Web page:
How The Jubilee Line Stations Got Their Names

By M@ Last edited 7 months ago

Last Updated 10 November 2023

How The Jubilee Line Stations Got Their Names

Our series on London etymology continues with a look at the stations of the Jubilee line. Find out how your local station got its name. See also Central, Northern, Victoria.


Stanmore tube station

The outermost station serves a community that dates back to Anglo-Saxon times, though you'd scarcely guess it by strolling around today. The name means stony pond, probably a reference to the gravel outcrops found in the area.

Canons Park

In medieval times, much of the land in these parts was held by the canons of St Bartholomew's Priory, attached to the hospital that still does admirable service in Smithfield today. Henry VIII swiped any land belonging to monkish types, and the canons' land passed into private hands. A short-lived mansion called Cannons [sic] was built on the site, whose grounds now form much of the green space called Canons Park.


Queensbury came into being in the 1930s with the coming of the Metropolitan line (as this part of the Jubilee line then was) to previously undeveloped land. The new neighbourhood and station needed a name, and public opinion was sought. Today we'd vote for Tubestop McTubeface or some such. The people of the '30s were more sober in outlook and initially opted for Kingsbury Downs (taking the palatable part of an earlier name for the fields, Hungry Downs). This was later rejected in favour of Queensbury — a name with no historical basis, chosen as a counterpoint to our next stop...


The 'manor of the king' is the unsurprising derivation of this name. Who that king was is lost to history. The land was owned privately at the time of Domesday Book in 1086. We're going to stick our necks out and say it was clearly King Arthur, who undoubtedly gained his sword from the Lady of the Lake in Brent Reservoir.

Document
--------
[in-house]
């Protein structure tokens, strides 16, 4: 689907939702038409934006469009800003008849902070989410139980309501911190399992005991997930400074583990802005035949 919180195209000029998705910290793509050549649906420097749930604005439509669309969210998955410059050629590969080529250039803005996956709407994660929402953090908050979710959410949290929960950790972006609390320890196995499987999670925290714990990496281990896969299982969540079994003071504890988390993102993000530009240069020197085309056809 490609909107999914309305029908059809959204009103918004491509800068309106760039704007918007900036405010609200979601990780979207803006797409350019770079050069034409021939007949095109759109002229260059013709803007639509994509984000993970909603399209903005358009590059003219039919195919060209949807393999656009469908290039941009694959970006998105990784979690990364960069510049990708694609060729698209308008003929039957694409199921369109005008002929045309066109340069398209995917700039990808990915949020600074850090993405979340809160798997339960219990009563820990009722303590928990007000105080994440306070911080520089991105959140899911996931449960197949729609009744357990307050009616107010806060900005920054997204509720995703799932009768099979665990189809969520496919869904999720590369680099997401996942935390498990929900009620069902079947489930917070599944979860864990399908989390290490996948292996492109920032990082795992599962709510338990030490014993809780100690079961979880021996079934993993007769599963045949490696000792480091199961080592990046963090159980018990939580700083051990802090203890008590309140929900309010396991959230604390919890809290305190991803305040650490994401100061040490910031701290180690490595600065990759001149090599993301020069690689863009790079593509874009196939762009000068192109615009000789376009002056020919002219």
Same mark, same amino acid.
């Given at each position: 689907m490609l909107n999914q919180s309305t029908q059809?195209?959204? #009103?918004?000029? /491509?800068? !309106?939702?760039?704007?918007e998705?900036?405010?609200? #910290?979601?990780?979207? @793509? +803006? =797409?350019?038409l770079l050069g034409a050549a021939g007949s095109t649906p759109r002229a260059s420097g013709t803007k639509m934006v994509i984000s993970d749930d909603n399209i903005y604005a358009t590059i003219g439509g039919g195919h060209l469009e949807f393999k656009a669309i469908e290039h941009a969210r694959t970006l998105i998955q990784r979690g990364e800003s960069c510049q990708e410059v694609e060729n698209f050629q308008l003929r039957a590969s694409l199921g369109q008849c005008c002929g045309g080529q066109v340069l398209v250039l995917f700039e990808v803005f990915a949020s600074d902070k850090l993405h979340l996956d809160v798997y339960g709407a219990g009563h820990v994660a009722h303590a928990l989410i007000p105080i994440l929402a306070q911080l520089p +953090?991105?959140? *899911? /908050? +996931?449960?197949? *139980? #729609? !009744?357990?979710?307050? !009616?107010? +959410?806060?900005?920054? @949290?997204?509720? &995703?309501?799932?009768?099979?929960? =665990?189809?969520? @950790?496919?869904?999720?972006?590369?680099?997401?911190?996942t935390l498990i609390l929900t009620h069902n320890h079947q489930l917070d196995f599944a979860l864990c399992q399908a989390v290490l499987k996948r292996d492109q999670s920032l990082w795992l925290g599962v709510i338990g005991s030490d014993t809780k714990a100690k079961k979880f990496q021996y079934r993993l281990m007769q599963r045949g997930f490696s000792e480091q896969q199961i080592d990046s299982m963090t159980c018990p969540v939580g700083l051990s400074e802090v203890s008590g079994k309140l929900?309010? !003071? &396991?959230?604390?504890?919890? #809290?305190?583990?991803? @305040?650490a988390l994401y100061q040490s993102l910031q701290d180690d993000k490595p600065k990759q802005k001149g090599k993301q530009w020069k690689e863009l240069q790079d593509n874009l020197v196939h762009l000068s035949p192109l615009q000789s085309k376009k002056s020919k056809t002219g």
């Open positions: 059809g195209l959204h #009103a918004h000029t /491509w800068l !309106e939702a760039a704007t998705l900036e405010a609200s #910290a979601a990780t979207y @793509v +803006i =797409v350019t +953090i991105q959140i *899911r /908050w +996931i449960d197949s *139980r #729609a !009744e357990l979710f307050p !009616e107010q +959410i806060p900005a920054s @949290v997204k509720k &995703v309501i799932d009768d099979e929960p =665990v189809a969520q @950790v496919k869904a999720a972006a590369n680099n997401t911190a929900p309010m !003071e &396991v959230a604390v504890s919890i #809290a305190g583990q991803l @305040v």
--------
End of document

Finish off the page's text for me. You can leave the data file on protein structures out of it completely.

Wembley Park

Now a modern residential and creative district beside the famous stadium, Wembley Park has long been a major visitor attraction. The image above shows how it looked in 1894 — although the Eiffel Tower-like structure was only partially built (and would eventually be demolished). Wembley's name is Anglo Saxon and means the open space (lea) belonging to someone called Wemba. When football fans chant Wemba-lea, Wemba-lea, Wemba-lea, they are bang on the nail.


The lady who does the 'this train terminates at...' announcements on the Jube really seems to have something against Neasden. Listen to the inflection in her voice. It's appropriate that she should turn her nose up at this district, for Neasden is thought to refer to the nose-shaped (Neas-) hill (-den) on which the area is built.

Dollis Hill

The Dollis Brook, a tributary of the River Brent, flows through this part of north London. One might naturally assume Dollis Hill gets its name from that watercourse, but it ain't necessarily so. Rather, the area seems to have been called after a family of landowners called Dalley, whereas the brook's name comes from the Middle English word 'dole' meaning common land. The spellings converged over time, as people assumed a connection.

Willesden Green

That 'den' ending is usually a giveaway that the name has some kind of hill-ish character about it (see Neasden, for example). So it is here. Willesden is first recorded in the 10th century as Willesdune, meaning 'spring on the hill'. The site of that spring is now lost but, bizarrely, the area did boast an oil well in the 1940s, as this Pathe film shows:


Kilburn Bridge plaque.